Let her talk, he thought. It's good if she doesn't remember the explosions and…other things.
So he always forced a smile and nodded to her explanations of Mr. Turtle not having a pinkie and so on.
His little girl had been so brave, so he really owed her at least trying to pay attention.
When they had to move to an emergency accommodation because due to the explosions their former home building had gotten so unstable it needed to be rebuilt, all Madelyn had been complaining about was how Mr. Turtle should find her for their tea-party if they moved. She didn't complain about their temporary home although it was so much smaller than their usual apartment. It only consisted of a kitchen-cum-living-room and a cabinet. While Mr. Dearing slept on the sofa bed, the cabinet served as Madelyn's room. It was so small that now every inch of it was covered with her toys – except for the bed, that was. Opening the door really was a challenge, not to think of the hurdles race Mr. Dearing had to master when he had to make his way to his daughter's bed to wake her up in the morning.
But Madelyn didn't complain about that. She was having her tea-parties with her dolls and stuffed animals, doing her home-work on the kitchen table and still seemed like the happy girl she has always been.
The only thing that made Mr. Dearing sad was having to watch her standing at the small window of the cabinet with her plastic tea pot next to her on the windowsill and watching outside.
And tonight was no exception. Carefully, Mr. Dearing opened the door, shifting some of Madelyn's toys aside while doing so.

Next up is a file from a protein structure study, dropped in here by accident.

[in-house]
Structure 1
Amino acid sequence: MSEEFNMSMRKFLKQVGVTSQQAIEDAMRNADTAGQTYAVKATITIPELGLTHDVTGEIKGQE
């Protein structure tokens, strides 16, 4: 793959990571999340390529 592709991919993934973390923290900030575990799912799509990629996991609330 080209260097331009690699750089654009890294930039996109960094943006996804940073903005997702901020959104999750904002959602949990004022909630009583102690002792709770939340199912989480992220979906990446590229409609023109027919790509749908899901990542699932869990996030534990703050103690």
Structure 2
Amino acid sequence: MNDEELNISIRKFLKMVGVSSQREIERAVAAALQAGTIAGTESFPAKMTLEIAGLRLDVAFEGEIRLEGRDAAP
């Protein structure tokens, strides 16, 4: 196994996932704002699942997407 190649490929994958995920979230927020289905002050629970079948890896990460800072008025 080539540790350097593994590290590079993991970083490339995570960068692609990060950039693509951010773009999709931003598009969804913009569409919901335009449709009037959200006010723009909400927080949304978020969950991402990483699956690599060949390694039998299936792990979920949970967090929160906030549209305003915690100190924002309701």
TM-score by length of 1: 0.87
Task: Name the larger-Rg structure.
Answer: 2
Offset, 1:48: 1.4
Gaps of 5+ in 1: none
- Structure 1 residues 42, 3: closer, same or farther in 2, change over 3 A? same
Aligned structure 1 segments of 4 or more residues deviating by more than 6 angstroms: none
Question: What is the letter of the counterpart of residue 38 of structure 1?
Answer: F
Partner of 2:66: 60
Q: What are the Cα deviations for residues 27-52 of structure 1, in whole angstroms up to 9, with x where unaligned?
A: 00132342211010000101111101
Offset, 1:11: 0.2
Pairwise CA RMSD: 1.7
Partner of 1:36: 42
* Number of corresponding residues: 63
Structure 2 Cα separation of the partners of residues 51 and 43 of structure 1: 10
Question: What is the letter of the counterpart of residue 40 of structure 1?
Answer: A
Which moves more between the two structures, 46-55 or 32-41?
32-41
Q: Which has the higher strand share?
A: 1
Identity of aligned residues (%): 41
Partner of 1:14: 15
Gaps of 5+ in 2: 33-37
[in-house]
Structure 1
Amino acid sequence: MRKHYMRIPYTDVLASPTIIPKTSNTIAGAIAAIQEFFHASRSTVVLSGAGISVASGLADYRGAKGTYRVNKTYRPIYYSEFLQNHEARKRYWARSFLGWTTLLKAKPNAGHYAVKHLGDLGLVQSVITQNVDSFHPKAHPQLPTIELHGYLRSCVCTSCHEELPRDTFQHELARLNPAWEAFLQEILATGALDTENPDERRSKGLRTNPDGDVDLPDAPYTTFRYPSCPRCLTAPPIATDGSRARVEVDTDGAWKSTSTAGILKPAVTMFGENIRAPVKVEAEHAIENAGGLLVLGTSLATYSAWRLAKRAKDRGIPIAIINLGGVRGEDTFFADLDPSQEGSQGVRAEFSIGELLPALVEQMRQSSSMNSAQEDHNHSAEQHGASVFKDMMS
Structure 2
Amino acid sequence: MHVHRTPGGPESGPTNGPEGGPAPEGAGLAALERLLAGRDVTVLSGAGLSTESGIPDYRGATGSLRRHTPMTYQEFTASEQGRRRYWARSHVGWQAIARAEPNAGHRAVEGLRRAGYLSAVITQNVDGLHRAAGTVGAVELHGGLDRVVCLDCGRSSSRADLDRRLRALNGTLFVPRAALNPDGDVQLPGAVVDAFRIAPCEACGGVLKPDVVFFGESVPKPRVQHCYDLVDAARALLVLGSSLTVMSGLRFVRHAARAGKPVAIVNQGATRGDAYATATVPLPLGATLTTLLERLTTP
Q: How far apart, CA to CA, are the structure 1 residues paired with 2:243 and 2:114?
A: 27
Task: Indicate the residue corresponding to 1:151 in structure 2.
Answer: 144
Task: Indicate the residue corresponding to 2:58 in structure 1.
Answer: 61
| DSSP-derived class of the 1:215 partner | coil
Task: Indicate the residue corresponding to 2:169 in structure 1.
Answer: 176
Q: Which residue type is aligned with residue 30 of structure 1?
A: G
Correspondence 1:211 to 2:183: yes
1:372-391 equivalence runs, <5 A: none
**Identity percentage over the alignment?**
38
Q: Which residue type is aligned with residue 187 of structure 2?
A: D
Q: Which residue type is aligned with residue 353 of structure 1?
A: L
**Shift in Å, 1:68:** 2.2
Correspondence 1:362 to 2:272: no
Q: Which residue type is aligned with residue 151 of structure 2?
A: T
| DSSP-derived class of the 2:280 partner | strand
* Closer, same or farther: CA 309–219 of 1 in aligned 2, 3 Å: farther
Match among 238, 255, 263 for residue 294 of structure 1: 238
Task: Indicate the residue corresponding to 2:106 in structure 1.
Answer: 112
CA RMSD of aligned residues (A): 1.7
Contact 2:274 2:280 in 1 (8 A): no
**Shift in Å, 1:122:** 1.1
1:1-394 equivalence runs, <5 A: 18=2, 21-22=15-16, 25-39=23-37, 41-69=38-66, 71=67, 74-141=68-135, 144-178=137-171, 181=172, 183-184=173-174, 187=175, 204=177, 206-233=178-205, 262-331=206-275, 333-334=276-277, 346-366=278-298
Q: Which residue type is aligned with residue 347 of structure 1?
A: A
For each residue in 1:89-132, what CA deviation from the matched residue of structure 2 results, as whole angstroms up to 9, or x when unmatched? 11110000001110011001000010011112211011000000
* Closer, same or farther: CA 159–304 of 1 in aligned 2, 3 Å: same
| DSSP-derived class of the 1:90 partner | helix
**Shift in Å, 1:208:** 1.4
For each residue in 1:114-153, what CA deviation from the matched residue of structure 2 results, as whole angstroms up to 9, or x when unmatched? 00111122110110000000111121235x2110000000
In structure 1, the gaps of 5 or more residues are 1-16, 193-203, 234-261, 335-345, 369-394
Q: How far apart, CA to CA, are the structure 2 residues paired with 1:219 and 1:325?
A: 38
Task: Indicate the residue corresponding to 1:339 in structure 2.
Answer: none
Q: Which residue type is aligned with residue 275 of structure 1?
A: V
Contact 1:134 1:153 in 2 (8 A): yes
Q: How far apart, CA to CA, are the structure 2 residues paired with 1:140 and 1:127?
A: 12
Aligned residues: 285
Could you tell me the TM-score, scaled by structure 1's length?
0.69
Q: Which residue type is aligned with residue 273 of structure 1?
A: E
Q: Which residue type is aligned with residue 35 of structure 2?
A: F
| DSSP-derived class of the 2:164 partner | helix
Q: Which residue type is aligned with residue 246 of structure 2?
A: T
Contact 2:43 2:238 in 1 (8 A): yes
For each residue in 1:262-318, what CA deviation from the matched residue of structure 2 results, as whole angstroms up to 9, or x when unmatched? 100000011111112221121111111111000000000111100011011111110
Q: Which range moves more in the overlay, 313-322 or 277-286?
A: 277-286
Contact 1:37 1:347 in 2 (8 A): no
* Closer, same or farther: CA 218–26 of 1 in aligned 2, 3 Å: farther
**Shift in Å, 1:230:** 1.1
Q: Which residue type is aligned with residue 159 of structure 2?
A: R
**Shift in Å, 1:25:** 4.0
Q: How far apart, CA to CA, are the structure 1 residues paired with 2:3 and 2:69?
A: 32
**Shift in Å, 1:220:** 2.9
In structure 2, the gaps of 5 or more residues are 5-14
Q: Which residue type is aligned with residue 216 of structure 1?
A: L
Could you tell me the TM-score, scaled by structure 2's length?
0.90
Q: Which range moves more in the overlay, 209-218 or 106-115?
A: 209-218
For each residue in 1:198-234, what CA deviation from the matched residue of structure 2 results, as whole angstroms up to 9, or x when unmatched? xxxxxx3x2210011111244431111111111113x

He choked a sigh when he saw Madelyn standing at the window again. With a frown he went over to her, going around her toys on the floor.
"Hi, Lynnie," he said, using the nickname he had given her when he had first held her in his arms, a nickname only he was allowed to use. "What are you doing?"
Mr. Dearing gave a sigh of relief when he managed to reach the window without stepping on one of the toys. Madelyn hadn't put her eyes away from the night-sky.
"I'm waiting for Mr. Turtle," she answered. "Maybe he will pass and if he sees me here with my teapot, he'd come here."
A few minutes passed until she spoke up again. "When are we going home, Daddy? Mr. Turtle doesn't seem to find me here. He is worried. We need to go home, Daddy. Mr. Turtle is waiting for his tea."
Mr. Dearing placed a reassuring hand on his daughter's shoulder.
"Soon, my dear," he said calmly.
Mr. Dearing thought for a moment, wracking his brain for something to cheer his daughter up, and when he finally had an idea his face brightened up.
"But you are forgetting one very important thing, Lynnie," he said with a smile.
Madelyn turned to face him with a questioning look in her eyes.
"Your daddy is waiting for his tea, too," Mr. Dearing said with a smile. "So what do you think? Shall we have tea-party?"
Madelyn nodded eagerly, taking the teapot in one hand as her father picked her up and carried her out of her room and into the kitchen which really was difficult as he had to go around all her toys again, but he managed. He set her down on one of the chairs at the kitchen table.
Madelyn put the plastic teapot in front of her.
"Daddy, we forgot about the cups!" she said surprised.
"No, we haven't," her father responded with a smile, "because tonight we are using the good china." And with a chuckle he put the big china teapot and two cups out of the kitchen unit and placed them on the table.
Madelyn clapped her hands in excitement.
Leo was standing on a rooftop, looking over to the building where he and the little girl had had a tea party. There was scaffolding put up around the house. The mutant turtle sighed. The building was still dark, and it meant it still wasn't habitable.